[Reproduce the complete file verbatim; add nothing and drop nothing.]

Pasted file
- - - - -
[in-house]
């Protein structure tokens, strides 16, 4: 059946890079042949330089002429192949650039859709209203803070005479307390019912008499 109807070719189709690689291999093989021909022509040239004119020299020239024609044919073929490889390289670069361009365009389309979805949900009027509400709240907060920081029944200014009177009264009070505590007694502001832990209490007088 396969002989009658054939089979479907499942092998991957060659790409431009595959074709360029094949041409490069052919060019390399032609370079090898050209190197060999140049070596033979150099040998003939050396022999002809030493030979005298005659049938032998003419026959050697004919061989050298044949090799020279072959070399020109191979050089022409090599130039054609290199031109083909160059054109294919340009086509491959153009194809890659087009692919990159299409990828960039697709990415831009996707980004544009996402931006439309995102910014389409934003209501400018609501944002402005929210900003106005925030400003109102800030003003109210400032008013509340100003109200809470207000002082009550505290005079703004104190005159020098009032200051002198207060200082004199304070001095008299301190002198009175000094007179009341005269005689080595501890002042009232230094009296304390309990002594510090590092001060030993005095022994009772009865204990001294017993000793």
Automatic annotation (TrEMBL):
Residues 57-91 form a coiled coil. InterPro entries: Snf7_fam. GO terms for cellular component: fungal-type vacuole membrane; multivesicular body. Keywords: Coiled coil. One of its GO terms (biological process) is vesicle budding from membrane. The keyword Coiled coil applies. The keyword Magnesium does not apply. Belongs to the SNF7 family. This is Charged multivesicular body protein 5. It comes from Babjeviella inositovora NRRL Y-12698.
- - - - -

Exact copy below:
[in-house]
């Protein structure tokens, strides 16, 4: 059946890079042949330089002429192949650039859709209203803070005479307390019912008499 109807070719189709690689291999093989021909022509040239004119020299020239024609044919073929490889390289670069361009365009389309979805949900009027509400709240907060920081029944200014009177009264009070505590007694502001832990209490007088 396969002989009658054939089979479907499942092998991957060659790409431009595959074709360029094949041409490069052919060019390399032609370079090898050209190197060999140049070596033979150099040998003939050396022999002809030493030979005298005659049938032998003419026959050697004919061989050298044949090799020279072959070399020109191979050089022409090599130039054609290199031109083909160059054109294919340009086509491959153009194809890659087009692919990159299409990828960039697709990415831009996707980004544009996402931006439309995102910014389409934003209501400018609501944002402005929210900003106005925030400003109102800030003003109210400032008013509340100003109200809470207000002082009550505290005079703004104190005159020098009032200051002198207060200082004199304070001095008299301190002198009175000094007179009341005269005689080595501890002042009232230094009296304390309990002594510090590092001060030993005095022994009772009865204990001294017993000793």
Automatic annotation (TrEMBL):
Residues 57-91 form a coiled coil. InterPro entries: Snf7_fam. GO terms for cellular component: fungal-type vacuole membrane; multivesicular body. Keywords: Coiled coil. One of its GO terms (biological process) is vesicle budding from membrane. The keyword Coiled coil applies. The keyword Magnesium does not apply. Belongs to the SNF7 family. This is Charged multivesicular body protein 5. It comes from Babjeviella inositovora NRRL Y-12698.